There has also been an expansion to the attrition system, so trying to march into (Or out!) of India is going to be a nightmare for your armies as you take terrible losses without even having to engage in battle. The environment of India is a defense, but it’s not a discriminatory one.
General Mechanics and Tweaks
India wasn’t the only thing added to the map, in fact, the expansion has an overhaul of East Africa and adds a large chunk (but not all) of Siberia to the game. But I’ll get back to that in the end. In total, the expansion adds an absolute ton of provinces to the game, so players dreaming of global conquest have one more piece of the globe to take control of. Indian rulers have their own UI skin, faces, clothes, everything you’d expect them to have. They also improved the attrition system to have more detail, but I should make one thing very, very clear…
If you don’t want to play an Indian nation, there is no point in buying the expansion. Simple as that. The reason I say this is that, everyone who owns Crusader Kings II got all three hundred provinces added to the game for free, they got all the gameplay tweaks, they got everything except the ability to play an Indian ruler.
The Indian content is extremely detailed, with decisions like going tiger hunting, finding a guru and lots of other stuff. There’s a good chance that the average player won’t even reach India in their game, and the game map was already quite extensive even without India being added to the game. The expansion doesn’t add anything for the player if they aren’t playing India, but what it does add is extremely detailed. The Old Gods expansion interacts really well with this one, since the 867 AD start date is compatible with Rajas, expanding game time a lot and changing the situation in India quite a bit.
But I have to say, there are things I would have placed as a higher priority than adding India to the game, even as much as I’d love to put Alexander the Great to shame with an Empire that stretches from Lisbon in the west to Ceylon in the east. Naval battles, for instance. So far, there has been absolutely no development for naval battles – and not because there weren’t any in the medieval age. If two fleets from two nations were to occupy the same sea province, then there is no battle at all, they simply sail past one another, no interactions at all. Naval combat is such an important issue I’d have gladly paid for an expansion pack that added it to the game, even more so if it added a lot of different ship types to create a mirror of the land war system at sea. It would even add a ton of modding potential to the game, something that has always been strong in every Paradox Development Studio game to the point it’s an iconic feature of them all.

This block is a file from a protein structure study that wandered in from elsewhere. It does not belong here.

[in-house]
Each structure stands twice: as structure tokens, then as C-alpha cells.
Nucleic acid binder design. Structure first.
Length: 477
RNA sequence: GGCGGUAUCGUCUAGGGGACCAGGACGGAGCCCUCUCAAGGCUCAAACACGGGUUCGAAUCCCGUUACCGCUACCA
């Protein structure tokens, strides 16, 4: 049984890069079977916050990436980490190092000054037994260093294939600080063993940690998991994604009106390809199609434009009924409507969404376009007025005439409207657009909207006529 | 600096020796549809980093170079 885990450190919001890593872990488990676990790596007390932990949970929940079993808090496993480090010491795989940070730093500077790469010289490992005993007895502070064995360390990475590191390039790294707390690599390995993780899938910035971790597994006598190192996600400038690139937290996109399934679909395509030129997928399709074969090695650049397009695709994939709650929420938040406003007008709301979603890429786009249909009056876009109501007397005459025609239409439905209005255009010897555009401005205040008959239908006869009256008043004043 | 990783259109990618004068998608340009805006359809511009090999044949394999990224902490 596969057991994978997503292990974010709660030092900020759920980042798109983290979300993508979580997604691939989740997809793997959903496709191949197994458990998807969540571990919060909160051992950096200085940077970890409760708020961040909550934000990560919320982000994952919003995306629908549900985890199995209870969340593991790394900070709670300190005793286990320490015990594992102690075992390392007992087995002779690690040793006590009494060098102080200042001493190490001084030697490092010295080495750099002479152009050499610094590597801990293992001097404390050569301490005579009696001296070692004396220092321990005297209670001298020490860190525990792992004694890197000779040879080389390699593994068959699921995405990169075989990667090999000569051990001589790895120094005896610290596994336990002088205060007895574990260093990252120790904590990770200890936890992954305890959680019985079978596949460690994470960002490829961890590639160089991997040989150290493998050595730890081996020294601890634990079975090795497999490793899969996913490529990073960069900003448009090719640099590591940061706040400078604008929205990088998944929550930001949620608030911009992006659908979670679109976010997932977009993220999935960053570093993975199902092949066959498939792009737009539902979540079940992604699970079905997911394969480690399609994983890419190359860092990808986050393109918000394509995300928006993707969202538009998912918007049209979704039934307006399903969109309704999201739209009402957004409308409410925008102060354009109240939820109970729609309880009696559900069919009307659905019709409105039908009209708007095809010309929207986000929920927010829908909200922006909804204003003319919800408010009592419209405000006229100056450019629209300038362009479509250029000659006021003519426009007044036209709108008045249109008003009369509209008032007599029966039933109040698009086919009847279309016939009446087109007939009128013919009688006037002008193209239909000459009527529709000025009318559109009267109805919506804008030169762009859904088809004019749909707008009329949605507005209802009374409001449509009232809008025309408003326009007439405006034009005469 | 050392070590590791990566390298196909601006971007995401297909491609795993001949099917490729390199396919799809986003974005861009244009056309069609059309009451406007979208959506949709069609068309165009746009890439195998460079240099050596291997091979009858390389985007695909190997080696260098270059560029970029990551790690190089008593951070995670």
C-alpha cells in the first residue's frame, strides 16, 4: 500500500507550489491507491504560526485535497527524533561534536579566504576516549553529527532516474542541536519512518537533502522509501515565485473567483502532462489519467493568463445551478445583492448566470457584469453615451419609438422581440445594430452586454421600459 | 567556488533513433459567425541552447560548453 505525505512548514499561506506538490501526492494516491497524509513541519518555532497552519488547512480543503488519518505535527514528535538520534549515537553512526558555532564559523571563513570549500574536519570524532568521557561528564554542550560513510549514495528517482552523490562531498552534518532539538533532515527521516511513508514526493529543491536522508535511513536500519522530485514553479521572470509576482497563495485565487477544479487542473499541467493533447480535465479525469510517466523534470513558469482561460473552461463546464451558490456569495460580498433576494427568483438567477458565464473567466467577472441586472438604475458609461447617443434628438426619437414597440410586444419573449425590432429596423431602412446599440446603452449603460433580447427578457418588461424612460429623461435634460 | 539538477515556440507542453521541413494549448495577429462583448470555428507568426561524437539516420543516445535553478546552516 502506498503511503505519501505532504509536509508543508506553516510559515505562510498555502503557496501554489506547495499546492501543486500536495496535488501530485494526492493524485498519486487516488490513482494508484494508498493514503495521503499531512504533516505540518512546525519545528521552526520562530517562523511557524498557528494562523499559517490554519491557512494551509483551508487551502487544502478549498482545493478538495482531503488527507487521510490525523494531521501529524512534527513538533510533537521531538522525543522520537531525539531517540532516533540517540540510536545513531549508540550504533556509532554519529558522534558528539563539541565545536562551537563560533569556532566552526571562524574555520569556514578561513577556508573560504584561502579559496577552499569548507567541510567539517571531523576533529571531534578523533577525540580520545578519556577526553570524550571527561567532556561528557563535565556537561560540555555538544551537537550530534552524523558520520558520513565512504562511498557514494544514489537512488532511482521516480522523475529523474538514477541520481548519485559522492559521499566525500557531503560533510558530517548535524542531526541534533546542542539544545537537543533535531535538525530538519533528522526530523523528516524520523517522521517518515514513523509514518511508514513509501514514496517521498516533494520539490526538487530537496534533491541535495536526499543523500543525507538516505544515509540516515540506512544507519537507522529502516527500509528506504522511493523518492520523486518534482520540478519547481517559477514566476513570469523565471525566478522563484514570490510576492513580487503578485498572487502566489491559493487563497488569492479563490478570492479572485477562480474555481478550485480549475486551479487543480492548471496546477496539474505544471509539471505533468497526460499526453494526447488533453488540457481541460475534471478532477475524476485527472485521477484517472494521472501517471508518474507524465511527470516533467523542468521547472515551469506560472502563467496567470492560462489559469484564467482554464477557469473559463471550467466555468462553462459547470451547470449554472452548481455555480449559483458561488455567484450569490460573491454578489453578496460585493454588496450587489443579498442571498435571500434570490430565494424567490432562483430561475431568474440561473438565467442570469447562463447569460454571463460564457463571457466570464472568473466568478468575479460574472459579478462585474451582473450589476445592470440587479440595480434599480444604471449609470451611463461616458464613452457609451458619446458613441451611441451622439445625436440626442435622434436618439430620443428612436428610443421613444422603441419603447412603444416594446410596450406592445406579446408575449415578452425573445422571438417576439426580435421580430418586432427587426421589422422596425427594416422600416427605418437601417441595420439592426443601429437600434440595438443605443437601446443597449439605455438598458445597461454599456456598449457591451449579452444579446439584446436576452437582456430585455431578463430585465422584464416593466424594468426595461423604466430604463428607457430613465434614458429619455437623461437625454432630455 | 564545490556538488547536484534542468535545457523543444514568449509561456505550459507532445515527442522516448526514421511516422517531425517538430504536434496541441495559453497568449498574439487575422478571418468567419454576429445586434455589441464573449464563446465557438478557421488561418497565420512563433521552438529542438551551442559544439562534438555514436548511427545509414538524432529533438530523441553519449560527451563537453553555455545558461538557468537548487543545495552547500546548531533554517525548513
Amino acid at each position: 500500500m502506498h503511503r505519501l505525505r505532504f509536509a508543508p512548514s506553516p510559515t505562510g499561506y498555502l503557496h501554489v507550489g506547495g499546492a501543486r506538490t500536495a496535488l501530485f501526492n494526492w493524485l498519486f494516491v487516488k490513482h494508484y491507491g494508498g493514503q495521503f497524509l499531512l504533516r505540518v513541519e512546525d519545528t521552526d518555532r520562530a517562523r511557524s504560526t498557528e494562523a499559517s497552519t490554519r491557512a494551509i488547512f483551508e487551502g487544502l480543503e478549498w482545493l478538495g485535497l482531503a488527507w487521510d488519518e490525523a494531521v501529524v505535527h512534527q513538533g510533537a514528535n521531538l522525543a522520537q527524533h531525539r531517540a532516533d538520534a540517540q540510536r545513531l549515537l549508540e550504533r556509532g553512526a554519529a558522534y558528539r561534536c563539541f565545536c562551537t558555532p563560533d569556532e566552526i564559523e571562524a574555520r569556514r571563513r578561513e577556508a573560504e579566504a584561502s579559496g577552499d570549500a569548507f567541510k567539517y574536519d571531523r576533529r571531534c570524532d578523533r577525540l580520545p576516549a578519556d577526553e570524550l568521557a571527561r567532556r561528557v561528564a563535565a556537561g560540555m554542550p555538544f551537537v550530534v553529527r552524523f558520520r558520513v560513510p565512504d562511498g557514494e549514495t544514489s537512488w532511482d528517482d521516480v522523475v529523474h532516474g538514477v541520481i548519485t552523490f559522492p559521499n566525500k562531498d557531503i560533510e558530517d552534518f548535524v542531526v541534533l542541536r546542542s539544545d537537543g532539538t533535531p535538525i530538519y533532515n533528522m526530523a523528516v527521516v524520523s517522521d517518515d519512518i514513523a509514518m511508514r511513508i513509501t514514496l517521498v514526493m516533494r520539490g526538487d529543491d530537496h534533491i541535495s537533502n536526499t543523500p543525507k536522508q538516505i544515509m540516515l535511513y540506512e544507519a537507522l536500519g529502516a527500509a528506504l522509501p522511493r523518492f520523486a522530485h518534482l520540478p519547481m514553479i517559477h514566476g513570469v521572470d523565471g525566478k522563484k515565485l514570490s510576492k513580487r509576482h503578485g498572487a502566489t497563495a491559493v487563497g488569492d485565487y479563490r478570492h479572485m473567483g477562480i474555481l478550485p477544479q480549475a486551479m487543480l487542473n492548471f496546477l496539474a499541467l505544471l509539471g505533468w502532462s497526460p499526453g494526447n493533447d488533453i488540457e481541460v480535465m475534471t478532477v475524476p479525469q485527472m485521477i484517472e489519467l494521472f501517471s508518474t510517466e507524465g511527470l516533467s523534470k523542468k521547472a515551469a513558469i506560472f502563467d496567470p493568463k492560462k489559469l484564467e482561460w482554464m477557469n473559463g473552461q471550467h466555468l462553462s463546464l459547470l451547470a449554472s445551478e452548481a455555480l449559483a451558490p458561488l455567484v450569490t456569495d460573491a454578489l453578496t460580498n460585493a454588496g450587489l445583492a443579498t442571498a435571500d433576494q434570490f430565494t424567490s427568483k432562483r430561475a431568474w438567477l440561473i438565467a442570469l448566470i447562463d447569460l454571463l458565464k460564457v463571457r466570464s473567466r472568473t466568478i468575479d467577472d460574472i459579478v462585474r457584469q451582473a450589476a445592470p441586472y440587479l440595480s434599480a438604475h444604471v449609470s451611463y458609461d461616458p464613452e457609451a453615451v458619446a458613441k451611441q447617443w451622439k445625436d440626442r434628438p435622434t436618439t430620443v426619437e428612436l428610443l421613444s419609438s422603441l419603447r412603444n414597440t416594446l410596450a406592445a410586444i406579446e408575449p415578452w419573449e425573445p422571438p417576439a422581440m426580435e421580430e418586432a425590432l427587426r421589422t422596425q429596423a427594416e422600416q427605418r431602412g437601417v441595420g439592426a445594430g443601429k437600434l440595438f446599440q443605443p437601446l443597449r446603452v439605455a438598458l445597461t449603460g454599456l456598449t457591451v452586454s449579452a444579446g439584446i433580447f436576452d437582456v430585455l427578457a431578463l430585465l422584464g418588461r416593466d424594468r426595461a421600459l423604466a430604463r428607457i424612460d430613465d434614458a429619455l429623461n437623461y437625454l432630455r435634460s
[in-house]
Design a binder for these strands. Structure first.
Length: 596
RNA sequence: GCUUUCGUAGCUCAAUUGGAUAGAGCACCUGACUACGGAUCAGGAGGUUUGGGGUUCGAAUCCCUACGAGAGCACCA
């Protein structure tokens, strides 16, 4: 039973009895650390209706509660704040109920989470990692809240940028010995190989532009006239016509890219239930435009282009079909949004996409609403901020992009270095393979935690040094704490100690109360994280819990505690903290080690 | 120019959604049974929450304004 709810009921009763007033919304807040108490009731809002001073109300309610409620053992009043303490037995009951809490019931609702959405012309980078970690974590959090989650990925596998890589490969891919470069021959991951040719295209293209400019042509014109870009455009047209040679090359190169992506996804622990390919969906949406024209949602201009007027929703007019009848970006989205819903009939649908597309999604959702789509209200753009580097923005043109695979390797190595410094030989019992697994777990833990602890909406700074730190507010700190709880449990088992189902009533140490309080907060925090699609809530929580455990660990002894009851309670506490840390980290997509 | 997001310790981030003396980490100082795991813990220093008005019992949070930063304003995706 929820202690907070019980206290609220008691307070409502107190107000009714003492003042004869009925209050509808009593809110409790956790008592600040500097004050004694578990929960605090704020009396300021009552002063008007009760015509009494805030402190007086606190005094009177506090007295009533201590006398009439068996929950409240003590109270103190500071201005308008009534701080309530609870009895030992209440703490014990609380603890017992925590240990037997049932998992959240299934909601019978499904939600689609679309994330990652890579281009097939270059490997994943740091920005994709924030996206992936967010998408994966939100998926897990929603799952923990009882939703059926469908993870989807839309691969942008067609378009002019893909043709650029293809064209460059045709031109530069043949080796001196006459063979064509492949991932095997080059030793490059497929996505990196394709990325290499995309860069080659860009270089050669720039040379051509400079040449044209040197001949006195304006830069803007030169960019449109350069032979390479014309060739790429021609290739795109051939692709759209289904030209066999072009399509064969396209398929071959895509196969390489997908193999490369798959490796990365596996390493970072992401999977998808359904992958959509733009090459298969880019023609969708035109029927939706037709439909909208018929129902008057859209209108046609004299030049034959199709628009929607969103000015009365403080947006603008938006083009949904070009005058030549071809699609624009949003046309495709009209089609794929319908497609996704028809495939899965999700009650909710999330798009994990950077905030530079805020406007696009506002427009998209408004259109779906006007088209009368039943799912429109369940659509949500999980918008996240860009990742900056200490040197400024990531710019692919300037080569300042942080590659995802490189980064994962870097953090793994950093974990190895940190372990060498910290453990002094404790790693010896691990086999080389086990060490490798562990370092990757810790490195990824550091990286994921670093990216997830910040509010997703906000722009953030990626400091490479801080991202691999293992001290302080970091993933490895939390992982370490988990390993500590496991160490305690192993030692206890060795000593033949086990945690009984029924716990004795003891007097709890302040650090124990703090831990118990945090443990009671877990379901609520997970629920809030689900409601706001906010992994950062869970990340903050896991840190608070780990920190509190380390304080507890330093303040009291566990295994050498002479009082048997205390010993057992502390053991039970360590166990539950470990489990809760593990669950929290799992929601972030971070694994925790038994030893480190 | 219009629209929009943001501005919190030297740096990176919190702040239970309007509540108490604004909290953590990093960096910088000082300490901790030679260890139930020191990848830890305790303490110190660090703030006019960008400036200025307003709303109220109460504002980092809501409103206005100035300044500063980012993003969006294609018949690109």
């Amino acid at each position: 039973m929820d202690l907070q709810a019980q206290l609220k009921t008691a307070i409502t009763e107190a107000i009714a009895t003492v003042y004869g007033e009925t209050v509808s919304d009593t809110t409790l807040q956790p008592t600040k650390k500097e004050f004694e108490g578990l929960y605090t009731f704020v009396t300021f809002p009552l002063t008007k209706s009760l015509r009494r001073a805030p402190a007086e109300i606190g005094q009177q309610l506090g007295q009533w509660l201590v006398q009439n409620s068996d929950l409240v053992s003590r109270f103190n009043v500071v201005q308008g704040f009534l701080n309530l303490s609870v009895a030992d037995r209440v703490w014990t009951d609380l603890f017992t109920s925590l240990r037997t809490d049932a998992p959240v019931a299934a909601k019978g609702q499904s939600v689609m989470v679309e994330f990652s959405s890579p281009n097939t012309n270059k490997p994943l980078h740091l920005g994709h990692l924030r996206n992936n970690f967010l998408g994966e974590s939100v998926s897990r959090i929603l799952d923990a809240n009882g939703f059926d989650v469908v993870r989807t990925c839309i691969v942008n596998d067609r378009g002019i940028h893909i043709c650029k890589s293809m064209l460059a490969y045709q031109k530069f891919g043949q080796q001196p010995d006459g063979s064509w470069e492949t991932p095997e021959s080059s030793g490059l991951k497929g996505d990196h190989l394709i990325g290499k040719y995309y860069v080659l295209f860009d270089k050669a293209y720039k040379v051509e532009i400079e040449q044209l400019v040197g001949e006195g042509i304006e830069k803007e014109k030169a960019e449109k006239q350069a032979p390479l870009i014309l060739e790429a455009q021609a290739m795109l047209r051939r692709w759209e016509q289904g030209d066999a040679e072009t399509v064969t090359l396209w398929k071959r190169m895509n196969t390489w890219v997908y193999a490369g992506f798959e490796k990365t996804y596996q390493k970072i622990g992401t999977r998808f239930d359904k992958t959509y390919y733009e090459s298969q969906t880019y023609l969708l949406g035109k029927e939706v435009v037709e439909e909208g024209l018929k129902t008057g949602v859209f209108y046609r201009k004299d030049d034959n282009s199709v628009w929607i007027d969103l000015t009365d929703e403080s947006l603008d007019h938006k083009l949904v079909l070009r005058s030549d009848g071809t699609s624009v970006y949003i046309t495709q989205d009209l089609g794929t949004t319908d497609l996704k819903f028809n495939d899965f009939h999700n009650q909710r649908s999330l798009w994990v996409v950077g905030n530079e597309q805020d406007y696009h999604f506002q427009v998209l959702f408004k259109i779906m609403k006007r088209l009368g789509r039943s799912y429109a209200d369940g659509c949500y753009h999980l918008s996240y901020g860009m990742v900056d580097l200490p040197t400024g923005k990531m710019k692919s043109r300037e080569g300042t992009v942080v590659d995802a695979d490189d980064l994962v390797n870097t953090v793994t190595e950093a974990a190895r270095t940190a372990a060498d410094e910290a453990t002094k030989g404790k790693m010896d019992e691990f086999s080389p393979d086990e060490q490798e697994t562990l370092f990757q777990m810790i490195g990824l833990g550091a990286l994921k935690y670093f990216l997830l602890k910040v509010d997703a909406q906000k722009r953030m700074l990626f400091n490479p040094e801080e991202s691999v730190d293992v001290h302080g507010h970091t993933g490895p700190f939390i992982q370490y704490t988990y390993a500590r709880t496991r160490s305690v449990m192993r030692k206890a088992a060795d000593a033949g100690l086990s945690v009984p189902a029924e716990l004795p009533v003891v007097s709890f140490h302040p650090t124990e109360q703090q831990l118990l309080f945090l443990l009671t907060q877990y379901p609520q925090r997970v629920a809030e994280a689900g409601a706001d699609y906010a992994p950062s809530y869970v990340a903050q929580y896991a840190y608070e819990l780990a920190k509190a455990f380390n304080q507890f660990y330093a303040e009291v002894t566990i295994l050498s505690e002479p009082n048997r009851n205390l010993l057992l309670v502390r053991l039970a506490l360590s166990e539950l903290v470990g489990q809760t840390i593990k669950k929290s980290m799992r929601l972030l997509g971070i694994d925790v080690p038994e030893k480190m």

So, in a nutshell – if you are content to play only, say, Christian rulers and would like to see maybe a few more features for you, there is no point in buying the expansion – the map changes and a number of tweaks are provided for free through a game patch. But if you like to spice things up and would like to try something different, then I have to recommend Rajas of India. While it doesn’t provide a range of content across the board like the Old Gods or Sons of Abraham expansions did, the content that the expansion covers is extremely detailed.
And I’m okay with that. You’re not forced into buying one expansion so you can buy the next. Each expansion is a modular entity so you can buy one, skip one then buy the next with absolutely no issues at all.
One thing I found rather saddening is that the expansion, while it comes with art for the Indian nations, comes with no music for them – and I used the nextsong command in the game’s console fifty times to see if I could get one to play! But it’s not because they didn’t make them. They did, and they come under the Songs of India DLC, an entirely separate purchase altogether. Considering that Rajas of India costs £9.99, I find that rather strange. It would be nice to get even a few songs, but instead you get the First Crusade, Tedonium, Coeur de Lion, In Taberna and a number of others, all of which are songs from the base game and better suited to a European nation than an Indian one.